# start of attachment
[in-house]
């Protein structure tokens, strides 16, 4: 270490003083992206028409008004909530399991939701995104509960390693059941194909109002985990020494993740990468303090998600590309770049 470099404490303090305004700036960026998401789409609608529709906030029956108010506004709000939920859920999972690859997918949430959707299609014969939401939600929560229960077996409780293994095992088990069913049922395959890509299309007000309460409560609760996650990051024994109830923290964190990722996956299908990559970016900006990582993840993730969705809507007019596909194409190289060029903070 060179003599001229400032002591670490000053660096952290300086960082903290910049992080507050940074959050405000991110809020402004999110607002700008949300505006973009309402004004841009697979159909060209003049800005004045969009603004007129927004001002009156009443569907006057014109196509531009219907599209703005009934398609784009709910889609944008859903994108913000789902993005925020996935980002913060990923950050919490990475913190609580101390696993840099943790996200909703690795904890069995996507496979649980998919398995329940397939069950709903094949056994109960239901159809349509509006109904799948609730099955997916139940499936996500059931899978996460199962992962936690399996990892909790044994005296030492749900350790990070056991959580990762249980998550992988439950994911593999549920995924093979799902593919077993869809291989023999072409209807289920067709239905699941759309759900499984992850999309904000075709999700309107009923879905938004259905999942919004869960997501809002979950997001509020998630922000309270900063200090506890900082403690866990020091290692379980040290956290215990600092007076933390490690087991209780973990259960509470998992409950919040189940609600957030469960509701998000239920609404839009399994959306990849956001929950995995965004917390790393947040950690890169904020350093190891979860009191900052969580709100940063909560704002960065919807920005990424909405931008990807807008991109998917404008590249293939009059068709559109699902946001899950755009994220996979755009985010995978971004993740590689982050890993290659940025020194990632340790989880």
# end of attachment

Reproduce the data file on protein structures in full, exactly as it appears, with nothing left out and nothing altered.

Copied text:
[in-house]
């Protein structure tokens, strides 16, 4: 270490003083992206028409008004909530399991939701995104509960390693059941194909109002985990020494993740990468303090998600590309770049 470099404490303090305004700036960026998401789409609608529709906030029956108010506004709000939920859920999972690859997918949430959707299609014969939401939600929560229960077996409780293994095992088990069913049922395959890509299309007000309460409560609760996650990051024994109830923290964190990722996956299908990559970016900006990582993840993730969705809507007019596909194409190289060029903070 060179003599001229400032002591670490000053660096952290300086960082903290910049992080507050940074959050405000991110809020402004999110607002700008949300505006973009309402004004841009697979159909060209003049800005004045969009603004007129927004001002009156009443569907006057014109196509531009219907599209703005009934398609784009709910889609944008859903994108913000789902993005925020996935980002913060990923950050919490990475913190609580101390696993840099943790996200909703690795904890069995996507496979649980998919398995329940397939069950709903094949056994109960239901159809349509509006109904799948609730099955997916139940499936996500059931899978996460199962992962936690399996990892909790044994005296030492749900350790990070056991959580990762249980998550992988439950994911593999549920995924093979799902593919077993869809291989023999072409209807289920067709239905699941759309759900499984992850999309904000075709999700309107009923879905938004259905999942919004869960997501809002979950997001509020998630922000309270900063200090506890900082403690866990020091290692379980040290956290215990600092007076933390490690087991209780973990259960509470998992409950919040189940609600957030469960509701998000239920609404839009399994959306990849956001929950995995965004917390790393947040950690890169904020350093190891979860009191900052969580709100940063909560704002960065919807920005990424909405931008990807807008991109998917404008590249293939009059068709559109699902946001899950755009994220996979755009985010995978971004993740590689982050890993290659940025020194990632340790989880």